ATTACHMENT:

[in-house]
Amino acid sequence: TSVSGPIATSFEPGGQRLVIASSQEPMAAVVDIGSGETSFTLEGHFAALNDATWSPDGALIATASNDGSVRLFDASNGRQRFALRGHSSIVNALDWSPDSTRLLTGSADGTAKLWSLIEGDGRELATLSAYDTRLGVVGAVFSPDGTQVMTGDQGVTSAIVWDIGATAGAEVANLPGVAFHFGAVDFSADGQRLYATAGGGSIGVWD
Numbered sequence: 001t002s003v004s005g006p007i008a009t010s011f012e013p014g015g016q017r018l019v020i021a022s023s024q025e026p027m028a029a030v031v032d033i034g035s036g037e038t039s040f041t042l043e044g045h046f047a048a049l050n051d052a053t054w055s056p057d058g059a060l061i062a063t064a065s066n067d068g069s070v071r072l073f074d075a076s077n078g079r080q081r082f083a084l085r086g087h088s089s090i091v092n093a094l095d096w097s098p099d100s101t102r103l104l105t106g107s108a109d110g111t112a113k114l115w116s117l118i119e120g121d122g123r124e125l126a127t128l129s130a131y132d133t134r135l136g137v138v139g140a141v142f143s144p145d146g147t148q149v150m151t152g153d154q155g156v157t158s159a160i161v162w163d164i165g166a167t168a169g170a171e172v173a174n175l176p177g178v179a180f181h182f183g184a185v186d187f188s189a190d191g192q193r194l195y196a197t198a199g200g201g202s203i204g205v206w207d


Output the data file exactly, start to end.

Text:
[in-house]
Amino acid sequence: TSVSGPIATSFEPGGQRLVIASSQEPMAAVVDIGSGETSFTLEGHFAALNDATWSPDGALIATASNDGSVRLFDASNGRQRFALRGHSSIVNALDWSPDSTRLLTGSADGTAKLWSLIEGDGRELATLSAYDTRLGVVGAVFSPDGTQVMTGDQGVTSAIVWDIGATAGAEVANLPGVAFHFGAVDFSADGQRLYATAGGGSIGVWD
Numbered sequence: 001t002s003v004s005g006p007i008a009t010s011f012e013p014g015g016q017r018l019v020i021a022s023s024q025e026p027m028a029a030v031v032d033i034g035s036g037e038t039s040f041t042l043e044g045h046f047a048a049l050n051d052a053t054w055s056p057d058g059a060l061i062a063t064a065s066n067d068g069s070v071r072l073f074d075a076s077n078g079r080q081r082f083a084l085r086g087h088s089s090i091v092n093a094l095d096w097s098p099d100s101t102r103l104l105t106g107s108a109d110g111t112a113k114l115w116s117l118i119e120g121d122g123r124e125l126a127t128l129s130a131y132d133t134r135l136g137v138v139g140a141v142f143s144p145d146g147t148q149v150m151t152g153d154q155g156v157t158s159a160i161v162w163d164i165g166a167t168a169g170a171e172v173a174n175l176p177g178v179a180f181h182f183g184a185v186d187f188s189a190d191g192q193r194l195y196a197t198a199g200g201g202s203i204g205v206w207d